Four Market Trends to Know

We are putting a bow on 2023 and getting ready for a fresh start. As we look ahead to 2024, we’ve observed several notable trends through our discussions with clients and candidates at NW Recruiting Partners. The following four trends are expected to shape the job market and business landscape in the coming year:

  1. Core Inflation Hits a Slowdown

While consumer prices remained essentially unchanged in October, there’s a bright spot in the fight against inflation. As reported by Yahoo Finance, core inflation – inflation rates with volatile food and fuel markets taken out of the equation – rose 4.0% year-over-year, making it the slowest pace since September 2021.

The slowdown of inflation is a good sign for the health of the economy, not to mention the willingness of consumers to spend. While inflation does seem to be trending downward, there’s still a little way to go before it hits overall targets. The market will still need to cool further before interest rates begin dropping again, among other factors. Still, an ease of core inflation is one more positive indicator that a “soft landing” is possible.

  1. Increased Confidence in the Economy

More experts are indicating confidence in the U.S. economy, riding on positive trends about inflation, among others. November’s jobs report showed a growth of 199,000 jobs, an uptick from the previous month’s 150,000 additions. This increase likely owes a significant portion to resolving major labor strikes in Hollywood and the auto industry, sending those workers (and those in associated jobs, such as Hollywood crews) back to work.

Perhaps because of these positive trends, 67% of business leaders in an Employer Associations of America report believe the economy will improve or stay the same in 2024, as reported by Staffing Industry Analysts. In contrast, just 49% said the same at this time last year. Talent acquisition remains the top concern for those leaders, but this confidence boost is welcome news as we get the new year underway.

  1. Salary Increases vs. the Cost of Open Jobs

On the one hand, research from WTW, a leading global advisory and brokerage firm, found that U.S. employers are planning an average salary increase of 4.0% in 2024. That’s lower than the actual annual average of 4.4% in 2023 but higher than the 3.1% seen in 2021. Inflation and a competitive labor market continue to drive these increased salaries. Still, this tick downwards indicates a potential cooldown in the labor market and an easing of some of these pressures.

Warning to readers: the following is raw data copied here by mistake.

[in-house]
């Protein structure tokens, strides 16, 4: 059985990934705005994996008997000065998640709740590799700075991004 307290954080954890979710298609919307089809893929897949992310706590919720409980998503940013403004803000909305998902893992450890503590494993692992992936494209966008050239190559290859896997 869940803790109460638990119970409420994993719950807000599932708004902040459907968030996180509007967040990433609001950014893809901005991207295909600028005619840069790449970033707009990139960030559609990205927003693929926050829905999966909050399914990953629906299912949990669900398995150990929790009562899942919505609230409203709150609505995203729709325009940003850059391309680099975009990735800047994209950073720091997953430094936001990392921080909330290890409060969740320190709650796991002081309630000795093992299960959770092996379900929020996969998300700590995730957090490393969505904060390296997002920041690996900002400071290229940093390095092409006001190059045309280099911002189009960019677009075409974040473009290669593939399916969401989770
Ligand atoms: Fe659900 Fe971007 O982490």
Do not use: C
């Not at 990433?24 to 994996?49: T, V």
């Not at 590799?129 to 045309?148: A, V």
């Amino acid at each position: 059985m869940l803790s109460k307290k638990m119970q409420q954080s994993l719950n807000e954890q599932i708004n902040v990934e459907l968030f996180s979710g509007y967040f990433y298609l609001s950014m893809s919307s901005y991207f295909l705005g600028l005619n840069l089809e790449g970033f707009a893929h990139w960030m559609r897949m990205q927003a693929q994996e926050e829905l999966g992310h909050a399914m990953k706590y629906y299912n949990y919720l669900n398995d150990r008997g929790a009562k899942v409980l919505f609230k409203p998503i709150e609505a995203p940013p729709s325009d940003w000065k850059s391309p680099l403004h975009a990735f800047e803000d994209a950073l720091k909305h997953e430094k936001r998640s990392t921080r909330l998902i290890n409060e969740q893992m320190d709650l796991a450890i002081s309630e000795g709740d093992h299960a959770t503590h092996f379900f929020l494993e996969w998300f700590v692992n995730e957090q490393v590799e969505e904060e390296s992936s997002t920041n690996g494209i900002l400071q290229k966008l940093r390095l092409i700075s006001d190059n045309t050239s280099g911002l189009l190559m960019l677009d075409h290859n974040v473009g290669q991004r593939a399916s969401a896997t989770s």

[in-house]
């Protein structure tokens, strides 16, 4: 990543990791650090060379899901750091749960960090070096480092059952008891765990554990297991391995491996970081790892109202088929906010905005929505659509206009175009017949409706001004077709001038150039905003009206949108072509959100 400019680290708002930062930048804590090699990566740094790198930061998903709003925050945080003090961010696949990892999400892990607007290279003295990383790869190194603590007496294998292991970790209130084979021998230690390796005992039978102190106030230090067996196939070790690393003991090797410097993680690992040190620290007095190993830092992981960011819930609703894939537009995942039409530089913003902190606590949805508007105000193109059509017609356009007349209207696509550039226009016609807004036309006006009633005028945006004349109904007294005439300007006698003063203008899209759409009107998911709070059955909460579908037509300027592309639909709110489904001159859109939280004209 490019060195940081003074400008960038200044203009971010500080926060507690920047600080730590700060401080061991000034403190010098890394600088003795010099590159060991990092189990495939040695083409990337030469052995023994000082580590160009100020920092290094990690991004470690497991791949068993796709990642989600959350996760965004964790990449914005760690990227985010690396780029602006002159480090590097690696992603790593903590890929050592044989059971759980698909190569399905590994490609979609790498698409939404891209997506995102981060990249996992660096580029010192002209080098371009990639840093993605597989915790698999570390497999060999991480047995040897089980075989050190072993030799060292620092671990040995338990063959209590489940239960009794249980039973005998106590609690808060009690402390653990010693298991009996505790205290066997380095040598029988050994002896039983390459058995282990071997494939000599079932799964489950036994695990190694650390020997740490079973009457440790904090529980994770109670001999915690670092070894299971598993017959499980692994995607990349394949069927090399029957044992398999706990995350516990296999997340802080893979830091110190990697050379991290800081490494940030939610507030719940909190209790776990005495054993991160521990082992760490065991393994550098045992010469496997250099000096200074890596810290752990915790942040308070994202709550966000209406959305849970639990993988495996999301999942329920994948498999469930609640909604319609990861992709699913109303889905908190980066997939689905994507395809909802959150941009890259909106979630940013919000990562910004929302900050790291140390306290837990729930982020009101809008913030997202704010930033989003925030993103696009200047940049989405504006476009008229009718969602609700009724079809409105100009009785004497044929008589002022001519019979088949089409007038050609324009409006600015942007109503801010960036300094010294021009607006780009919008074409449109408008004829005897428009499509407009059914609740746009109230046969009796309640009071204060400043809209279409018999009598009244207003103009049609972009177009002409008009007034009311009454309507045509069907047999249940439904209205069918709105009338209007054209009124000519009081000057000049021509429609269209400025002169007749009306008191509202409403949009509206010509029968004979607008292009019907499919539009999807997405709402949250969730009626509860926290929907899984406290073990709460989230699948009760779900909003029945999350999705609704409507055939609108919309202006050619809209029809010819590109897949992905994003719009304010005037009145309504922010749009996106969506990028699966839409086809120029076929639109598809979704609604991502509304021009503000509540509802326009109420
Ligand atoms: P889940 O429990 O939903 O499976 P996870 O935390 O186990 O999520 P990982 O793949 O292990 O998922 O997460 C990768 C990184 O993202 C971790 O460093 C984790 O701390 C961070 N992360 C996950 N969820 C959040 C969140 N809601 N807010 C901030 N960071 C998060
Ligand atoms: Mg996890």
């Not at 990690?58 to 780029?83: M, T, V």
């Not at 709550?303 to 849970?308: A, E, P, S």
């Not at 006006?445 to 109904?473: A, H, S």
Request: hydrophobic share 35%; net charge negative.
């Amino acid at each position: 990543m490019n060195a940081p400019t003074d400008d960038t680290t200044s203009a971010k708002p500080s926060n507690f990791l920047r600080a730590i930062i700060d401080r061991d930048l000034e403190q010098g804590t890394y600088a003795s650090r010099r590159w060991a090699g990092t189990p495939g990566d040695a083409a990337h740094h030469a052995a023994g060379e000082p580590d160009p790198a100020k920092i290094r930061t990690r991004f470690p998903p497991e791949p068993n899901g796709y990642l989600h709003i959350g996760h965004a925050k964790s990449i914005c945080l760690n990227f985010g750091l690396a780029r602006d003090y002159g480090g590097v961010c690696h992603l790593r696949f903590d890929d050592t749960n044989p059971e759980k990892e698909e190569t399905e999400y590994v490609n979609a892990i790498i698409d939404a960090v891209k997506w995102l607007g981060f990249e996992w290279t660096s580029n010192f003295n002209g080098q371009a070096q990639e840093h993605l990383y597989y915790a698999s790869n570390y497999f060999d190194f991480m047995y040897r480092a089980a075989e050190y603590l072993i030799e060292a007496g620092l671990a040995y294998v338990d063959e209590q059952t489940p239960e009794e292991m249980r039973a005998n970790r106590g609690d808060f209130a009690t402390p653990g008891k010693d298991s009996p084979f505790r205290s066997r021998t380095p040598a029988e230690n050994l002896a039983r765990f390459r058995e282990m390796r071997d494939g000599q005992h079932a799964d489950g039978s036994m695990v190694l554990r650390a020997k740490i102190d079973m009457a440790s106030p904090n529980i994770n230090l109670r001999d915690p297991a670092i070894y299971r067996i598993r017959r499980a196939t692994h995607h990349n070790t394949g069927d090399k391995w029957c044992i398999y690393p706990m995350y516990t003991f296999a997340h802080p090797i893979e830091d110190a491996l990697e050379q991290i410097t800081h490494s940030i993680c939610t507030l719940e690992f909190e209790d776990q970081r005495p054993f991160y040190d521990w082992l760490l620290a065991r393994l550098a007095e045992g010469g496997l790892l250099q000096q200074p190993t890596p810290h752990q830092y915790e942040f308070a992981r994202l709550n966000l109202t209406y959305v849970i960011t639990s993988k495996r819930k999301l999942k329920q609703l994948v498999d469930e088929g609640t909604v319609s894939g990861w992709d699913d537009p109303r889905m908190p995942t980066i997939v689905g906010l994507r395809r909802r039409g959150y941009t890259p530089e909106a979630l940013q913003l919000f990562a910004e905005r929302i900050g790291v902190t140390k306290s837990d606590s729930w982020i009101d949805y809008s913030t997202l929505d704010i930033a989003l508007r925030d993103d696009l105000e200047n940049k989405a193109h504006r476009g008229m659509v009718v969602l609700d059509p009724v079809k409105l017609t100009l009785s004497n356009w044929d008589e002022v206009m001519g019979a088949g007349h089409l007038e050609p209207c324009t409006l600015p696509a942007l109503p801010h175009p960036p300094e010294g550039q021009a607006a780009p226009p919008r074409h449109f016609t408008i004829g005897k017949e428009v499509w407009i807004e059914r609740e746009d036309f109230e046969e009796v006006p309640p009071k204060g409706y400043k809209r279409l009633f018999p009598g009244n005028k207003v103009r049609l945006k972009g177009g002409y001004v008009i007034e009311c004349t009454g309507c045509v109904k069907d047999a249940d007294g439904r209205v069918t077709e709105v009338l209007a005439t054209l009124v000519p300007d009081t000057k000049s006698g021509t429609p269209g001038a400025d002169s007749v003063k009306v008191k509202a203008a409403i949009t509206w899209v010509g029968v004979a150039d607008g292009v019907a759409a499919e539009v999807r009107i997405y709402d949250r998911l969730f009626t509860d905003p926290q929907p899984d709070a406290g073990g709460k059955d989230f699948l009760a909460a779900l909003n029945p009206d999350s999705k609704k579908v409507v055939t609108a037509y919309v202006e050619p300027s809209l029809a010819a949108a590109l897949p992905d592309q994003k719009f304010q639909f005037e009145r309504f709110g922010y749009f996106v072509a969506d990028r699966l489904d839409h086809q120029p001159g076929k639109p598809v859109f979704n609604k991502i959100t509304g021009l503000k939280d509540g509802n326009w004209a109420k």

On the other hand, companies must carefully consider the cost of unfilled jobs, not just the costs of paying to secure top talent. According to a Fiverr and Lightcast report, unfilled jobs cost the economy $1.08 trillion per month. On average, a single open role costs a business $25,000 per month in lost output, and open roles for highly skilled professions cost even more. It’s an indication that securing top talent – and retaining them – must remain a top priority for leaders in 2024.

  1. AI Worries Flare Up

Even as the use of AI accelerates, professionals across roles are expressing their concerns about the possible outcomes. One study focused on the use of AI in resume screening and recruiting found that the use of higher-quality AI to “assist” recruiters actually led to worse assessments of job applications, while recruiters using lower-quality AI assistance exerted more effort, spent more time evaluating resumes, and were less likely to automatically select the AI-recommended candidate. While AI can help to streamline the recruiting process, it’s clear that real, human expertise must still take the reins to truly identify the right fit for a role.

Similarly, concerns over AI generally are higher than they were a year ago. Ernst & Young found that 48% of respondents are more concerned about AI today than a year ago, and 75% are concerned that AI will make certain jobs obsolete. 41% also believe AI is evolving too fast, while 72% are worried it will hurt their salary or promotion chances, 65% are worried about how to use AI ethically, and 77% are concerned about the legal risks of the technology. While AI may be an exciting frontier, incorporating AI, as with any technology, must be done to prioritize employee security and respect their hard-earned knowledge and expertise.

If you are thinking about your talent acquisition and retention strategy for 2024, now is the time to schedule a conversation with the NW Recruiting Partners team. Please reach out to set up a time to discuss your goals, and we are happy to share up-to-date insights based on the current hiring market.